Indeed, surveys show that Obama’s nearly $800 billion economic stimulus bill—which has since grown to over $1 trillion—has led to an expansion of government jobs, but relatively few new jobs in the private sector which accounts for most of the jobs in our country.

“Gallup’s Job Creation Index for April reveals significantly more hiring within the federal government than in the private sector,” the longtime polling organization reported earlier this month.

“Private-sector employment was essentially flat,” economic policy strategist Cesar Conda told HUMAN EVENTS.  “Most disturbingly, the percentage of long-term unemployed remained at a record-high 46% in May. The Democrats’ policies of higher tax rates, increased deficit spending and heavy regulatory mandates are slowing the economic recovery.” 

This is why many more economists have not only concluded that Obamanomics isn’t working, but are also forecasting that it isn’t going to work.

“Generally, the outlook is for mediocre growth—a tad less than 3%—and unemployment not to improve much,” says economist Peter Morici of the University of Maryland. 

“Unemployment will peak this quarter or next close to 10%, then decline only gradually,” Morici forecasts in his latest economic analysis. 

President Obama, his job-approval polls falling into the 40s, has been visiting factories around the country, telling voters that his big-spending stimulus policies are working and that they have turned the economy around.

But try telling that to unemployed workers in those states and regions where unemployment is up in the high double digits.

When Obama told workers at a manufacturing company in Buffalo that “we are heading in the right direction,” few believed him. 

He was greeted by a huge billboard in downtown Buffalo that read: “Dear Mr. President, I need a freaking job. Period.”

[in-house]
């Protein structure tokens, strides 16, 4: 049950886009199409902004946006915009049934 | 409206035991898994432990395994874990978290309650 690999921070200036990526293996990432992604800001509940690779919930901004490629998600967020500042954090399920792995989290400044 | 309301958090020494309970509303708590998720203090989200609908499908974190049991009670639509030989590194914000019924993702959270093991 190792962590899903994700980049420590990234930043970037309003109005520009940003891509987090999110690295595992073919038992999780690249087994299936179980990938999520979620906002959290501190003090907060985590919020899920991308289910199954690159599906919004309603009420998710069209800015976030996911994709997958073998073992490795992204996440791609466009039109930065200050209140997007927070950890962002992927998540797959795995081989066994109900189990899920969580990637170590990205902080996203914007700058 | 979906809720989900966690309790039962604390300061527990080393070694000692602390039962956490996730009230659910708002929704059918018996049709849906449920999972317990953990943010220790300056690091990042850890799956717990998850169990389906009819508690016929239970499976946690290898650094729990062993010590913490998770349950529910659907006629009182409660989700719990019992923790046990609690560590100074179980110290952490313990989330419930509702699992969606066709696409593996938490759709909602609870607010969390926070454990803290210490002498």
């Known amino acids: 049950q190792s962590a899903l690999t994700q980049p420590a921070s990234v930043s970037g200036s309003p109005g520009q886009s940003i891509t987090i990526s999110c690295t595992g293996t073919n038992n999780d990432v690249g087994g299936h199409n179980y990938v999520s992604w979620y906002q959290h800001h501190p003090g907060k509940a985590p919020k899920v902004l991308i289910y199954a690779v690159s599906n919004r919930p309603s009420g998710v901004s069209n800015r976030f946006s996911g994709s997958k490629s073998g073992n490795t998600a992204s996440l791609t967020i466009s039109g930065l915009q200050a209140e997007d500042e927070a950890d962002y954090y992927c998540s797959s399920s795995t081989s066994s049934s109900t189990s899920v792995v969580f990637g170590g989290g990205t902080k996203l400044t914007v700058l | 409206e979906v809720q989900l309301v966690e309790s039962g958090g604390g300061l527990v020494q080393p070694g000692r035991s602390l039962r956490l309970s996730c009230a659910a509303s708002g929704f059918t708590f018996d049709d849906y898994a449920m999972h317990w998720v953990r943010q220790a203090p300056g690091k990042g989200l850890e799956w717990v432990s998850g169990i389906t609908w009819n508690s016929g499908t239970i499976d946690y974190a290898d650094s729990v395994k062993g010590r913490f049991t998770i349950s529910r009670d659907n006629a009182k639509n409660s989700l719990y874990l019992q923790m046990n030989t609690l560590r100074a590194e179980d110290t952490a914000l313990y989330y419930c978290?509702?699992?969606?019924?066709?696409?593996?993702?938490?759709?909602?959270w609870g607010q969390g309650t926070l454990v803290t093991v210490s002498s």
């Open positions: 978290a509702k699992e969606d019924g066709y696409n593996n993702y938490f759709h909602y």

A Marist College poll conducted on the eve of his visit found that 57% of upstate New Yorkers said the economy in their area was getting worse. Only 11% said things were improving.

Outside of the monthly Labor Department jobs report, the national news media, particularly the network news shows, have given the jobs catastrophe short-shrift or ignored it altogether. And when they do cover the story, it is reported solely within the context of the overall economy, not Obama’s failed stimulus policies. 

But the bleak economic and political reality is that half the states have unemployment rates of between 9% and 14%. A disproportionate number of them are battlegrounds in the midterm elections where vulnerable Democratic governorships and House and Senate seats hang in the balance.

In Nevada, for example, where Senate Democratic Leader Harry Reid is badly trailing in the polls, the jobless rate is 13.7%.

In California, where Sen. Barbara Boxer is looking more and more vulnerable, unemployment is 12.6%.

In Michigan, it’s 14%, Illinois, 11.2%, Ohio, 10.9%, and Pennsylvania and Delaware, 9%.

In each of these states, as in others, the gloomy unemployment picture is far and away the issue that will likely determine the outcome of the November elections.

And worldly wise economists such as Cogan and Morici do not see the bleak jobs picture dramatically improving anytime soon.